What is your outlook for the UAE market since the recovery following the financial crisis?
AL GHURAIR: The UAE is well ahead of the curve. It is recovering in all aspects of the economy since it hit the stumbling block in 2008. The construction industry may need a little time to heal from the wounds inflicted. We have witnessed Emaar and Nakheel launching their properties, which is a positive sign for the property market. Other indicators, such as the increase in trade by 18%, and the successes of the export and hospitality industries are evidence that the UAE is on the right track.
What aspects of your business are showing the most positive trends, and what aspects represent challenges?
AL GHURAIR: We have a diversified business portfolio because it is not good to put all of your eggs in the same basket. Banking is doing fine. The food sector is also doing well. It earns a small marginal income, but it is always a steady income. Construction and real estate are much more volatile industries. Our contracting business is expanding inside the UAE, as well as outside the country, to capitalize on our know-how. We are sharing this with the rest of the Gulf Cooperation Council (GCC), and other regions too.
What international markets represent the most promising areas for growth for Al Ghurair?
AL GHURAIR: We are focused on the GCC, as well as North Africa and India. We are focusing on India because we see strong signs of success. We have partnerships there, and we are leveraging our capabilities to penetrate this market. India used to be a sleeping giant, but now is a great time to do business and benefit from their boom. I believe that if you do not have a competitive edge, you should not grow. If you do not have a competitive edge, you will get lost. I have told the younger generation that you have to capitalize on your strengths, rather than your weaknesses. Your weaknesses will always hinder you and bring you down. We have a small investment in plantations here in Malaysia. Malaysia is familiar to us because of their culture and their religion. We know the people and they know us. In comparison, it is very difficult for me to go to China. It is a different market. Knowing your limits can be very valuable.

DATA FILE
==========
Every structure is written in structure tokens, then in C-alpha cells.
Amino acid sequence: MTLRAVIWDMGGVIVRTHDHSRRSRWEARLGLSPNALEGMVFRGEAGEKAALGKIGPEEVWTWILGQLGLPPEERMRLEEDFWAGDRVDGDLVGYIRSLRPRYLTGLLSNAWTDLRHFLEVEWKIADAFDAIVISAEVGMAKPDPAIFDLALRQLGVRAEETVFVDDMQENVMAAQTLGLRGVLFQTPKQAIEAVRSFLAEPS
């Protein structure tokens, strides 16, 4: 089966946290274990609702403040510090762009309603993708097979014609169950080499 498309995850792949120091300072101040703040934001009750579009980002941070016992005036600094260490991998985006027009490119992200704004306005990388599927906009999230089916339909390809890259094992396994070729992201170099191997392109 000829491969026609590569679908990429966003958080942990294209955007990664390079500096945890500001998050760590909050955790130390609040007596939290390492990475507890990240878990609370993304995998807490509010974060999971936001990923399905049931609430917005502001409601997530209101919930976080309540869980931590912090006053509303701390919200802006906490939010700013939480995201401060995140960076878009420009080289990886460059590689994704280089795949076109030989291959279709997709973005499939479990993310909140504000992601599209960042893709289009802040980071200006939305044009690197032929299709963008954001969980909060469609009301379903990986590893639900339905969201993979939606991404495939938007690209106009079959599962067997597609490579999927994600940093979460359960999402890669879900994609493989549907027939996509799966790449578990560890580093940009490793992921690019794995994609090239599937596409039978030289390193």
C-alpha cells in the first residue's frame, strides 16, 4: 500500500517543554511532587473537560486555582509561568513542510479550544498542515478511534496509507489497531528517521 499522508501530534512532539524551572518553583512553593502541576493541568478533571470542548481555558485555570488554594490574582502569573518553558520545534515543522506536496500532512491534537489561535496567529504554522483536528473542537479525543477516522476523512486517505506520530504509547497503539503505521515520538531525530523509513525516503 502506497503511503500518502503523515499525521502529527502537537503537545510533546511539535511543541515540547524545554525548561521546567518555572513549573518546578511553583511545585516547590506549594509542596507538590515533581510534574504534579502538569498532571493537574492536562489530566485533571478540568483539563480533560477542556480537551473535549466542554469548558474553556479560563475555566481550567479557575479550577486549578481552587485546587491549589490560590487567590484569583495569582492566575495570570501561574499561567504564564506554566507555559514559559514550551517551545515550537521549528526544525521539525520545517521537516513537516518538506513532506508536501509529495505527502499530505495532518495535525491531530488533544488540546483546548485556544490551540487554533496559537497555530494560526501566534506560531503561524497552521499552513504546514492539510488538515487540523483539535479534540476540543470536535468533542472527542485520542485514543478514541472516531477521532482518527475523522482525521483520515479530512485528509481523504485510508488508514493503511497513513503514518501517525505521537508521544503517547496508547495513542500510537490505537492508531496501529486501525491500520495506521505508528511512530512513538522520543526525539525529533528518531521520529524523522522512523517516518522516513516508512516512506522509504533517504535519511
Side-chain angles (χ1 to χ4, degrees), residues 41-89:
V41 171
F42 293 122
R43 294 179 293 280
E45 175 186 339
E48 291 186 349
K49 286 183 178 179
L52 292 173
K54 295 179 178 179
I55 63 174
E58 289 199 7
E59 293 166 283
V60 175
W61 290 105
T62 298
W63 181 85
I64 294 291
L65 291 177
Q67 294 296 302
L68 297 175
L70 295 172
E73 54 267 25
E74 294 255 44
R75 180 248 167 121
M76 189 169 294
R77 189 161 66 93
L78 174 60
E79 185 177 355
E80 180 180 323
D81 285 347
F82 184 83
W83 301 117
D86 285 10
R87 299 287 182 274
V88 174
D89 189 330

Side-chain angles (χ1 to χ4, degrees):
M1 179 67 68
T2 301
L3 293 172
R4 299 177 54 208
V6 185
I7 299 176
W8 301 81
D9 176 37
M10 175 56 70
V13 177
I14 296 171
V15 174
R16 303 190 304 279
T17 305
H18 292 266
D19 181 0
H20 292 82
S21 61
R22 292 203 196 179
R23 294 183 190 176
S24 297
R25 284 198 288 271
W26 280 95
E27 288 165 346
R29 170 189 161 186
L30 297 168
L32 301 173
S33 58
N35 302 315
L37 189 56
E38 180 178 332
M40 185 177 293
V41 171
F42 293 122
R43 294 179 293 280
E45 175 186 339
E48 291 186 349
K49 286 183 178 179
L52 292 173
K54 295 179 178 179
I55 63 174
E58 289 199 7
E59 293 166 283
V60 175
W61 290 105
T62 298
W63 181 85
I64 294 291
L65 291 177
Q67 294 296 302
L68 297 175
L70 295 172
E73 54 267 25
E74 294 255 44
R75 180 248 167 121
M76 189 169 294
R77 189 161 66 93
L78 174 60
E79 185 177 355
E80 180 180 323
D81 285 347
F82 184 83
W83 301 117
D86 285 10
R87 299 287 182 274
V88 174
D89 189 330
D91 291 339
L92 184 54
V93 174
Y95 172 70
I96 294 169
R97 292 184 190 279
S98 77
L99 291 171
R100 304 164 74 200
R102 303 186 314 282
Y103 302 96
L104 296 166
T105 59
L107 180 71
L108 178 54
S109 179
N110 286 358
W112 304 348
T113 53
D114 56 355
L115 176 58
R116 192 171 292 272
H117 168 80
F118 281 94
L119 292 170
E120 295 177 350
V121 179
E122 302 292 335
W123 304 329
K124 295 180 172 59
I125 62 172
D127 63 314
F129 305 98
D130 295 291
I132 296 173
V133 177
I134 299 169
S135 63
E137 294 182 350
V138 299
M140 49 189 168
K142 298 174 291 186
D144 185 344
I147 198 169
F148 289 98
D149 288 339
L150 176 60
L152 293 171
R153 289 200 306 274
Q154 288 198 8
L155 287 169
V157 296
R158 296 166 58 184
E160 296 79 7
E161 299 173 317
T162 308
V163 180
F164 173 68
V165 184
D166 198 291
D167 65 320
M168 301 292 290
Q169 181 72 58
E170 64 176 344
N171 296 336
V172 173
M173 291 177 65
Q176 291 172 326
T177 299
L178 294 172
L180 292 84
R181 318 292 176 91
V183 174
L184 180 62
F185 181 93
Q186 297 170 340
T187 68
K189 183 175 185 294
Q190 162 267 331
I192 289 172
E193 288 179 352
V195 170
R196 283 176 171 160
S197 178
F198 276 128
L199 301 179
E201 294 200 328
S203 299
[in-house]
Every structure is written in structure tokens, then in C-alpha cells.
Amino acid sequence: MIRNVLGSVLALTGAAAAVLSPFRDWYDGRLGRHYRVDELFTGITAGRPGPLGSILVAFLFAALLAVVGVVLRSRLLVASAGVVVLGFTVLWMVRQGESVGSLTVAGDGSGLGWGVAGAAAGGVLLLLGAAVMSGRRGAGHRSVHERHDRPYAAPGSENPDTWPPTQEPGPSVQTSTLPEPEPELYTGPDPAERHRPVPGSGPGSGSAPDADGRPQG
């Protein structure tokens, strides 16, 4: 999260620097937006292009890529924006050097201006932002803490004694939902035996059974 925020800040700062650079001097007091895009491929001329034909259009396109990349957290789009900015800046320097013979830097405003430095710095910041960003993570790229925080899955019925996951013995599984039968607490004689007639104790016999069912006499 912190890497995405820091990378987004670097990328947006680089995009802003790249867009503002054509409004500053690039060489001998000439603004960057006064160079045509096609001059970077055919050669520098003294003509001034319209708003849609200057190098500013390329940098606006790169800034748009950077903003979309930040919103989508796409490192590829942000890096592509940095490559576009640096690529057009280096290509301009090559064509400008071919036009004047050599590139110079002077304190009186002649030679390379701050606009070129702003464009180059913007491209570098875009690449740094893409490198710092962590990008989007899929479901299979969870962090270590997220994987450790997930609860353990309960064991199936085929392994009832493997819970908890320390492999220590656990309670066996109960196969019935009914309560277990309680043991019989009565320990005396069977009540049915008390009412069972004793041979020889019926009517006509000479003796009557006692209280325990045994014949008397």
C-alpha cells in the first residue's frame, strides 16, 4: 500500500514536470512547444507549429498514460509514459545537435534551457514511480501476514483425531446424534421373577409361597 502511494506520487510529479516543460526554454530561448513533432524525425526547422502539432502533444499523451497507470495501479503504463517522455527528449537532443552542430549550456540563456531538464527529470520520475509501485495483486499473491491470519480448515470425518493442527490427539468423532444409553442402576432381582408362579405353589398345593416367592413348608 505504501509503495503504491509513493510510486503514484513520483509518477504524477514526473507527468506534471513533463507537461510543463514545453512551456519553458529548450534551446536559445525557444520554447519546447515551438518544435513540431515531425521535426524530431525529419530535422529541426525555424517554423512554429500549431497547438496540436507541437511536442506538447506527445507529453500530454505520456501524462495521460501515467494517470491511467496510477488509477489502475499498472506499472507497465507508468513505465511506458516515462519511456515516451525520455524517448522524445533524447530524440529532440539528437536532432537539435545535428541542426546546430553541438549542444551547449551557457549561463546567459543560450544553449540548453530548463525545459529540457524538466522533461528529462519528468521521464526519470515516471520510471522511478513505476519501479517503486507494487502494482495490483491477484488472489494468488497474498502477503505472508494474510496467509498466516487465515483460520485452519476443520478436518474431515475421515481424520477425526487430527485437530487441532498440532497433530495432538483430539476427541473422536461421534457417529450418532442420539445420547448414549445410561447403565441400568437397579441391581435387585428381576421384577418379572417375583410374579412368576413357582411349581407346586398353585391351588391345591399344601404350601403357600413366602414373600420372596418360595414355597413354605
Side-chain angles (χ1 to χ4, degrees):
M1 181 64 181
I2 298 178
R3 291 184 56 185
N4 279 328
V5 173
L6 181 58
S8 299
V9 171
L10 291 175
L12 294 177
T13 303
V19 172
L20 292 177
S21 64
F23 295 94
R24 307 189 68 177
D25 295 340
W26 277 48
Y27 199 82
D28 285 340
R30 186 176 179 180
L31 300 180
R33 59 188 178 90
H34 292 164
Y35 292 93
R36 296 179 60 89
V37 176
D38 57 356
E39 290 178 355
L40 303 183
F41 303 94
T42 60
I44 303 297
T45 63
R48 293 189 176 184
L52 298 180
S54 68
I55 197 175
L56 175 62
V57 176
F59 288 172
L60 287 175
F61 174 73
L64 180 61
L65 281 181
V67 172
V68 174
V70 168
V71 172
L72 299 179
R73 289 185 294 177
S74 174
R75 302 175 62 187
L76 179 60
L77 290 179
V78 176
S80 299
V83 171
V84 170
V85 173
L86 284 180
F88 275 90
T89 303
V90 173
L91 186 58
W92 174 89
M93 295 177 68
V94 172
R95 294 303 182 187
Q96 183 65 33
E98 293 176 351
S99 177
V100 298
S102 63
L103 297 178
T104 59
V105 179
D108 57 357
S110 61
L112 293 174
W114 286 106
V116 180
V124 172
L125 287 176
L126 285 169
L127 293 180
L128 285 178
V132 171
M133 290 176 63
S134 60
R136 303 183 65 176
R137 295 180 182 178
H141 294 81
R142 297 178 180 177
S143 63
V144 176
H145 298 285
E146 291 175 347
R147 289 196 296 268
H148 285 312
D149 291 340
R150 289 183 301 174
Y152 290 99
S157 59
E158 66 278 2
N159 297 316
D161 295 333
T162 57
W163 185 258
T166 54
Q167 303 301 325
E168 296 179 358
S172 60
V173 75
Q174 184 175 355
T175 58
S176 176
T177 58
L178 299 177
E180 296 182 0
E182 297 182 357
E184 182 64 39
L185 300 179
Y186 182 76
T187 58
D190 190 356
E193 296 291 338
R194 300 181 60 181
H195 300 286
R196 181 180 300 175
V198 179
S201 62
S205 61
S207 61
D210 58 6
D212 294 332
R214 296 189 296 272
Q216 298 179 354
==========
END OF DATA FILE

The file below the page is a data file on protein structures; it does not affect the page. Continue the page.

How has Al Ghurair Investments grown in depth and sophistication in the GCC?
AL GHURAIR: In our business, we are constantly learning. You cannot stop once you hit the summit. There is always a mountain behind the mountain you are climbing. There are always challenges, and things to learn. There is always something new happening in the GCC. You must capitalize on the resources you have. The GCC has oil and gas, and there are great opportunities for upstream and downstream activities. Our abilities to harness these opportunities depend on the end market. For example, in Dubai we have a crushing plant. We import canola from Canada, Australia, and Bahrain, and we crush it. We export it back and charge 5%. Our location near the Jebel Ali Port, allows us to use bigger vessels, and utilize the extra empty containers. Creativity has allowed us to find ways to benefit from our location.
The UAE is well ahead of the curve. It is recovering in all aspects of the economy since it hit the stumbling block in 2008.
What is the likelihood of Al Ghurair or one of its subsidiaries going public in the coming years?
AL GHURAIR: Our company has debated the pros and cons of going public. At the beginning, the percentages were somewhat distracting because we would have to offer 55% to the market. Recently, it has been reduced to either 30% or 25%. Our constraints in this matter center around our family name. If the businesses that we float into the market do not do well, our family name is spoiled. Deciding how much to leverage can be a problem. When a family business chooses to go public their name is exposed.